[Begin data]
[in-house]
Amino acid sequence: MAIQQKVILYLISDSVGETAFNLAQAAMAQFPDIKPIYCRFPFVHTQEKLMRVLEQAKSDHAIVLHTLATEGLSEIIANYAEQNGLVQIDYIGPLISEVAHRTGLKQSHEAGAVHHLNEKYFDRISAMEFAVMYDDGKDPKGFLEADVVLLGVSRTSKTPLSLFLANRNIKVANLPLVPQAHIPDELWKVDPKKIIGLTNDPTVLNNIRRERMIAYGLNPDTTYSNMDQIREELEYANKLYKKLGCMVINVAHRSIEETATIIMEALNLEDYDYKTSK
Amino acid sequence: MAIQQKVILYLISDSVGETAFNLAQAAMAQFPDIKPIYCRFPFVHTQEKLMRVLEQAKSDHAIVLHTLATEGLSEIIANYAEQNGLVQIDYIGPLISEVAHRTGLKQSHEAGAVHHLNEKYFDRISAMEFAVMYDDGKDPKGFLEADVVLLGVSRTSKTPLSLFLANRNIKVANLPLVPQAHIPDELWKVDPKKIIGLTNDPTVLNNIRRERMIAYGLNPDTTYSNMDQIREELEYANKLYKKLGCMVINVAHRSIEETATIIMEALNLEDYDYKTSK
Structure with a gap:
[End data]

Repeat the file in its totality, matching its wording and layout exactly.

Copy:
[in-house]
Amino acid sequence: MAIQQKVILYLISDSVGETAFNLAQAAMAQFPDIKPIYCRFPFVHTQEKLMRVLEQAKSDHAIVLHTLATEGLSEIIANYAEQNGLVQIDYIGPLISEVAHRTGLKQSHEAGAVHHLNEKYFDRISAMEFAVMYDDGKDPKGFLEADVVLLGVSRTSKTPLSLFLANRNIKVANLPLVPQAHIPDELWKVDPKKIIGLTNDPTVLNNIRRERMIAYGLNPDTTYSNMDQIREELEYANKLYKKLGCMVINVAHRSIEETATIIMEALNLEDYDYKTSK
Amino acid sequence: MAIQQKVILYLISDSVGETAFNLAQAAMAQFPDIKPIYCRFPFVHTQEKLMRVLEQAKSDHAIVLHTLATEGLSEIIANYAEQNGLVQIDYIGPLISEVAHRTGLKQSHEAGAVHHLNEKYFDRISAMEFAVMYDDGKDPKGFLEADVVLLGVSRTSKTPLSLFLANRNIKVANLPLVPQAHIPDELWKVDPKKIIGLTNDPTVLNNIRRERMIAYGLNPDTTYSNMDQIREELEYANKLYKKLGCMVINVAHRSIEETATIIMEALNLEDYDYKTSK
Structure with a gap: